Goal 13A requires that the organization define and communicate the means for patients and their families to report concerns about safety and encourage them to do so. By its very nature, this goal tends to affect the organization as a whole and not to single out just the perioperative areas. That said, the perioperative areas are sometimes the most misunderstood because they're outside the realm of the average person and thus what is done in these areas may seem strange or out of the ordinary to patients. This strangeness may give rise to questions and concerns that are best addressed as soon as they're asked. The Joint Commission has also listed organizations that provide information, tools, and strategies for involving patients in their own care. Among them is the Agency for Healthcare Research and Quality, Consumers Advancing Patient Safety, Speak Up Campaign of the Joint Commission, Institute for Healthcare Improvement, and the National Patient Safety Foundation.
NPSG #14: Prevent healthcare-associated pressure ulcers (decubitus ulcers). This goal addresses long-term care and requires assessment and periodic reassessment of each resident's risk for developing a pressure ulcer and to take action to address any identified risks.
NPSG #15: The organization identifies safety risks inherent in its patient population.4 This goal applies to hospital/critical access hospital programs only and does not apply to ambulatory care/office-based surgery.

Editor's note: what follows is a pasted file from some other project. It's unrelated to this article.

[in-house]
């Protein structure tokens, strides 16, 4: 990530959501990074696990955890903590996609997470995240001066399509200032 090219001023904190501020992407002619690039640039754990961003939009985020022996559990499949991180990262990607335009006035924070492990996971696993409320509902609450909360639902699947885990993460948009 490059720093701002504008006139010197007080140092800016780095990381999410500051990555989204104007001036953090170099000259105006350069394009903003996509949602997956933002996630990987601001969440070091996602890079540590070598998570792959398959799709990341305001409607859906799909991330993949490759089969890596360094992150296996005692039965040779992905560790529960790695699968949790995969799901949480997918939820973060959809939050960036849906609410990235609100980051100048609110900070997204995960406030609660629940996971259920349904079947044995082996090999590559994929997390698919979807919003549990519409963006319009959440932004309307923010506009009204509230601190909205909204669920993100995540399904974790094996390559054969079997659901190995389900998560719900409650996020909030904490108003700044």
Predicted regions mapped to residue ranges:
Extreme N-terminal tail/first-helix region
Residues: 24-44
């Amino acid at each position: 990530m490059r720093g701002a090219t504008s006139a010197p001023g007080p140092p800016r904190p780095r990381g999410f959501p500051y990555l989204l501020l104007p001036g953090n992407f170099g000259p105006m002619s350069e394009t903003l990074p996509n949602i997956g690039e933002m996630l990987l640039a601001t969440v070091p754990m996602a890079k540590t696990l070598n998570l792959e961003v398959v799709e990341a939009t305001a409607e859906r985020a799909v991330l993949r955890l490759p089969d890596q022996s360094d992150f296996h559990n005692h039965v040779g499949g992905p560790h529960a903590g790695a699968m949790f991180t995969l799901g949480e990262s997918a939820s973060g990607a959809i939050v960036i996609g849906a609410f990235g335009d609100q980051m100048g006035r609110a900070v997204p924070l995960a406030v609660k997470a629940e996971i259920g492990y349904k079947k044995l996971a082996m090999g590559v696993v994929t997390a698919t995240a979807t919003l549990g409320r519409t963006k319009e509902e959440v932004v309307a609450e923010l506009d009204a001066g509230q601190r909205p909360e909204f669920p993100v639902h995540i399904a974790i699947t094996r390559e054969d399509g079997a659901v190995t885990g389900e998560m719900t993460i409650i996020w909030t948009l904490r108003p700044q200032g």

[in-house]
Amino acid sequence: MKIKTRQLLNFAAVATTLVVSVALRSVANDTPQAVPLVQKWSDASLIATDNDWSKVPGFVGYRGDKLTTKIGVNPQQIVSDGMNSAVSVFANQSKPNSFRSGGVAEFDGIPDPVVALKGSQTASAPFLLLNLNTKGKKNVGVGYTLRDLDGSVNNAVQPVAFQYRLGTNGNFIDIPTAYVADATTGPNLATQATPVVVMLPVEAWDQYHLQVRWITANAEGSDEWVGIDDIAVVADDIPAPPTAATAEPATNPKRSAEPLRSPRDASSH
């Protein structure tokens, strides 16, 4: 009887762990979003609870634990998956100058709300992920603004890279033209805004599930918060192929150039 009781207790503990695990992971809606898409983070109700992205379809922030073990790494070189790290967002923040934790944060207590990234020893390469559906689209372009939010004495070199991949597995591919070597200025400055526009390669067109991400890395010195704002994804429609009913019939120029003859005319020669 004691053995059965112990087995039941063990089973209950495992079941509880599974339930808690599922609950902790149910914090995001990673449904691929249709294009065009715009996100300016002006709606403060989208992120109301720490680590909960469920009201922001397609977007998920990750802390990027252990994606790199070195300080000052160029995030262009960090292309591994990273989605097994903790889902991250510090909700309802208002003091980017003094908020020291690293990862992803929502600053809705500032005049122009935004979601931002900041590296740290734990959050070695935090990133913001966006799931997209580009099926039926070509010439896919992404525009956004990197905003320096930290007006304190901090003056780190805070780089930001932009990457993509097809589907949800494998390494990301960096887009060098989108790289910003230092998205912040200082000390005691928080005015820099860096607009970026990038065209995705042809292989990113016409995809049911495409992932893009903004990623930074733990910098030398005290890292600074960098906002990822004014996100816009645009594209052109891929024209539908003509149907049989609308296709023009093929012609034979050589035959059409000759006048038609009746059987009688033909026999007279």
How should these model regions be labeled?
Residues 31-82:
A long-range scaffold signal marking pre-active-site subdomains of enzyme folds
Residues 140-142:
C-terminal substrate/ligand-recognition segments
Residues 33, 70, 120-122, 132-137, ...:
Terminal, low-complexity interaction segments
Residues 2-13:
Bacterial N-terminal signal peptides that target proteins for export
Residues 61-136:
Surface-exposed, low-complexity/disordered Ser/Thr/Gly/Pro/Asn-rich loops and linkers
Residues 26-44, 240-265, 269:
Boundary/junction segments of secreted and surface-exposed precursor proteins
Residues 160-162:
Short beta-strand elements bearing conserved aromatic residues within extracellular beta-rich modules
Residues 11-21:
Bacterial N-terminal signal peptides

Goal 15A requires each organization to identify patients at risk for suicide. This is applicable to psychiatric hospitals and patients being treated for emotional or behavioral disorders in general hospitals. This goal shouldn't have a major impact on perioperative services, but these areas should be aware of the organization's policies as they relate to patients at risk for suicide.
The Universal Protocol became a mandatory requirement for all the Joint Commission-accredited organizations on July 1, 2004.8 You probably even remember the national “time out” day that was the official kick-off. The Universal Protocol wasn't only a replacement for NPSG #4, but a more in-depth approach to the handling of wrong-site, wrong-patient, and wrong-procedure surgery.
The Universal Protocol is composed of three parts:
1. preoperative verification process
2. marking the operative site
3. time out immediately before starting the procedures.
The preoperative verification process often takes the form of a checklist, although a checklist isn't the only approach organizations can use. The importance of the preoperative verification process is to ensure that all relevant documents are available, reviewed, and consistent with one another. This preoperative verification process can lead to the discovery of inconsistencies that may cause a procedure to be delayed or canceled.